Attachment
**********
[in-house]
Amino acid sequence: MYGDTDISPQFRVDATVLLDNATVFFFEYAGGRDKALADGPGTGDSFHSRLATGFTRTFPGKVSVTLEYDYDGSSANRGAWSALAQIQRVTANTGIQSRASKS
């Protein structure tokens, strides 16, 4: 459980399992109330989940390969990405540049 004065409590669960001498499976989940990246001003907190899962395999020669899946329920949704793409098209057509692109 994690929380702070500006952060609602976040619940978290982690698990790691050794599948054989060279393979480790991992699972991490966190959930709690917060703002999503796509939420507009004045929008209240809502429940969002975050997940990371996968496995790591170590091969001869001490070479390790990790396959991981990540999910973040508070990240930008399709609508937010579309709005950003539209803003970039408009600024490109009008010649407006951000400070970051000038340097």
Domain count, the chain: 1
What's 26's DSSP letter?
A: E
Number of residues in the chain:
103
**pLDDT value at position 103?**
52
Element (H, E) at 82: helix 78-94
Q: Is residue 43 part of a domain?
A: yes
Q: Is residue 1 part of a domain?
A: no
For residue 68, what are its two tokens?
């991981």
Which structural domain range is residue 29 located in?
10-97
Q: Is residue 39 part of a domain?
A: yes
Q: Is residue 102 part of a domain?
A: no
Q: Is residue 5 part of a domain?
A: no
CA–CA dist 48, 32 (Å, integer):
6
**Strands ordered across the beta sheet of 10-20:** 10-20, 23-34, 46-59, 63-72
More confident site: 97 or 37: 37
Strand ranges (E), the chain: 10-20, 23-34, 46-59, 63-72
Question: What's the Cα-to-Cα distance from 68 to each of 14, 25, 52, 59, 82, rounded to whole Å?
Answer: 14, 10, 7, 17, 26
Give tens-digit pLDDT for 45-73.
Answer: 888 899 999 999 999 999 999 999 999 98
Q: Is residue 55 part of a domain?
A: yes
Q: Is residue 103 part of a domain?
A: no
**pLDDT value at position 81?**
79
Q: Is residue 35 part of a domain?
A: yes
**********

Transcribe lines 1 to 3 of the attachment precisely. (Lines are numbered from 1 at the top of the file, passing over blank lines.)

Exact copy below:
[in-house]
Amino acid sequence: MYGDTDISPQFRVDATVLLDNATVFFFEYAGGRDKALADGPGTGDSFHSRLATGFTRTFPGKVSVTLEYDYDGSSANRGAWSALAQIQRVTANTGIQSRASKS
């Protein structure tokens, strides 16, 4: 459980399992109330989940390969990405540049 004065409590669960001498499976989940990246001003907190899962395999020669899946329920949704793409098209057509692109 994690929380702070500006952060609602976040619940978290982690698990790691050794599948054989060279393979480790991992699972991490966190959930709690917060703002999503796509939420507009004045929008209240809502429940969002975050997940990371996968496995790591170590091969001869001490070479390790990790396959991981990540999910973040508070990240930008399709609508937010579309709005950003539209803003970039408009600024490109009008010649407006951000400070970051000038340097």